Breast cancer in the COVID-19 era

Coronavirus disease (COVID-19) is an infectious disease caused by the SARS-CoV-2 virus. It can be spread via the mouth or nose of an infected person when he or she coughs, sneezes, talks, sings or breathes. Although most infected people develop mild to moderate symptoms, some with underlying medical conditions are more likely to develop serious illness.1 

Generally, COVID-19 is a source of many questions and concerns, even more so when living with breast cancer.  

Am I at risk of getting severe COVID-19?

COVID-19 & hospitals 

As a person dealing with breast cancer, you may wonder if hospitals are a safe place to go to during the pandemic and if you should delay your treatments or follow-up appointments. Before making any decisions, you should talk to your oncologist, as cancellations and delays in cancer treatment are decided on a case-by-case basis.2 If you really don’t feel comfortable being in hospitals but don’t want to impact your follow-up, telemedicine could be your solution, as it is a useful alternative to certain appointments.3 However, rest assured, since the outbreak of the pandemic, the rates of hospital-acquired COVID-19 have dropped drastically thanks to all the measures put in place to ensure patient safety.4  

COVID-19 & breast cancer 

Information about cancer and COVID-19 can be overwhelming and confusing. Overall, numerous studies have confirmed that people with cancer are at greater risk of developing severe COVID-19.5 However, when looking at this in more detail, it seems that the type of cancer plays an important role in the infection outcome.5 While patients with blood or lung cancer are especially at risk5, the impact of breast cancer is unclear: although an Italian study suggested that breast cancer was associated with higher risks of hospitalisation6, French and American teams actually found that people with breast cancer shared the same risk as the general population.7,8 Therefore, the risk of death or serious illness might depend more on comorbidities (such as hypertension and obesity) than on breast cancer itself.7,8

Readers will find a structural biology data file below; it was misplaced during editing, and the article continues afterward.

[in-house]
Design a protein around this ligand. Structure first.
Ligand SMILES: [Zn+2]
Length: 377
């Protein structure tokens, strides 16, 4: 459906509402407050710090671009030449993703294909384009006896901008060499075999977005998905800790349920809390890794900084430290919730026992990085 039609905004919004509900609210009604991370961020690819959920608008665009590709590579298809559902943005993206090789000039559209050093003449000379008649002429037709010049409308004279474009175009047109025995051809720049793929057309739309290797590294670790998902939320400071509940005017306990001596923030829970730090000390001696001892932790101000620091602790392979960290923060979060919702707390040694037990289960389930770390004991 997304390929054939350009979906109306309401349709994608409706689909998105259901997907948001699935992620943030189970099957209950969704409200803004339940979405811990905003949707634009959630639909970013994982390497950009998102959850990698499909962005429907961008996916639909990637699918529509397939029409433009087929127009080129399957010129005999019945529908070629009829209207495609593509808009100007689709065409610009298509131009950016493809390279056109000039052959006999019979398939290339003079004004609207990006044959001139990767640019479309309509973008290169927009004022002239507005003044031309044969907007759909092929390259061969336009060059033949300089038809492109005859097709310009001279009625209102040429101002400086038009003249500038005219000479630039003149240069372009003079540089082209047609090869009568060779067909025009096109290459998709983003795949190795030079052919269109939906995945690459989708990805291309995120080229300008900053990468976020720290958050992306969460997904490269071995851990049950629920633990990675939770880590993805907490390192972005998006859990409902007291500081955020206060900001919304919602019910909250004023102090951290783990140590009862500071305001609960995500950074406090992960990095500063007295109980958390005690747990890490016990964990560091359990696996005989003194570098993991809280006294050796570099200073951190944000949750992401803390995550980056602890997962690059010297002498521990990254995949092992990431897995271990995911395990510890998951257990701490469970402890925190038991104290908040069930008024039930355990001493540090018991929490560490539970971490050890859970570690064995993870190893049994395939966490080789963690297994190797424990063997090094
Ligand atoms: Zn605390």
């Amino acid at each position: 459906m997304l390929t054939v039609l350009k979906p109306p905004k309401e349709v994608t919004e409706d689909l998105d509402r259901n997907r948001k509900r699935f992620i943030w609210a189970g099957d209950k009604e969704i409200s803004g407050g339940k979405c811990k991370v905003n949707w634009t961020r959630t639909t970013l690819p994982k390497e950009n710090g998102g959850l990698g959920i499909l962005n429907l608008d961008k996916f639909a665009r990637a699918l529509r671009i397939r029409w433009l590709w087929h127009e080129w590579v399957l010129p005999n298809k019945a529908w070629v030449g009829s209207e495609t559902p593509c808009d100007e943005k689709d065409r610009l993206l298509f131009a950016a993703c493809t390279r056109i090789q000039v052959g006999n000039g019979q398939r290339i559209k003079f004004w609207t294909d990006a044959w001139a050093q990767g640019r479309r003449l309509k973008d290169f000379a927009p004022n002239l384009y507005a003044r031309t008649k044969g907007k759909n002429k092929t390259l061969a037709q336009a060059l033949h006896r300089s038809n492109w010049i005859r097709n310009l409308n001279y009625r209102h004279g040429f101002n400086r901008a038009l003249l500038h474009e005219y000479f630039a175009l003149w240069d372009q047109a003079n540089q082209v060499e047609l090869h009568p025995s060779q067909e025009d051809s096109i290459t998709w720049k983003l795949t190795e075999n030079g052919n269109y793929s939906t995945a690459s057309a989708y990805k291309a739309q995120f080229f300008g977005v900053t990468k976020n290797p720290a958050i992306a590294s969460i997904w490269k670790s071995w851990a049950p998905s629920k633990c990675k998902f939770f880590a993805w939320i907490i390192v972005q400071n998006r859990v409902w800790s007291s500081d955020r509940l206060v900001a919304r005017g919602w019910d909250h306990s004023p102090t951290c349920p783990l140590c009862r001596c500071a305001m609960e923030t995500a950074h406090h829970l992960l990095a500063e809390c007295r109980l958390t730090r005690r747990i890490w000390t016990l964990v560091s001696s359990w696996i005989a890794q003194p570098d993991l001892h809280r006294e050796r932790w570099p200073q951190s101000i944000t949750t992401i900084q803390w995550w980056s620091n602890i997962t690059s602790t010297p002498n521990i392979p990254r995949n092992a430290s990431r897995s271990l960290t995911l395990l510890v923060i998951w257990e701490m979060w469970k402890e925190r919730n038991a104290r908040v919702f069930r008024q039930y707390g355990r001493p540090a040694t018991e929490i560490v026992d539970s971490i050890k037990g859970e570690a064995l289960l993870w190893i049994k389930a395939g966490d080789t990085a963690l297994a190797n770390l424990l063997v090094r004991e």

Similarly, in patients with lung metastases, the COVID-19 impact is not fully established, with studies suggesting that having lung metastases increases the risk of severe illness5, and others finding no association between pulmonary metastases and the extent of COVID-19 in the lungs.7 

COVID-19 & breast cancer treatments 

The influence of radiation therapy is also a matter of debate, with some studies suggesting that patients who received it are more likely to be hospitalised due to COVID-199, while others found no relationship.7 

Generally speaking, people who are immunocompromised are more likely to become seriously ill if they get COVID-19. In the case of breast cancer, some treatments (such as immunotherapies and some chemotherapies) can affect your immunity, thereby increasing the risk of severe COVID-19. Hormone therapies, on the other hand, are much less associated with immunocompromission.10  

Lymph node surgery may also be a concern for you, as these are known to play a role in immunity. However, their removal does not seem to affect the body’s ability to fight infections.10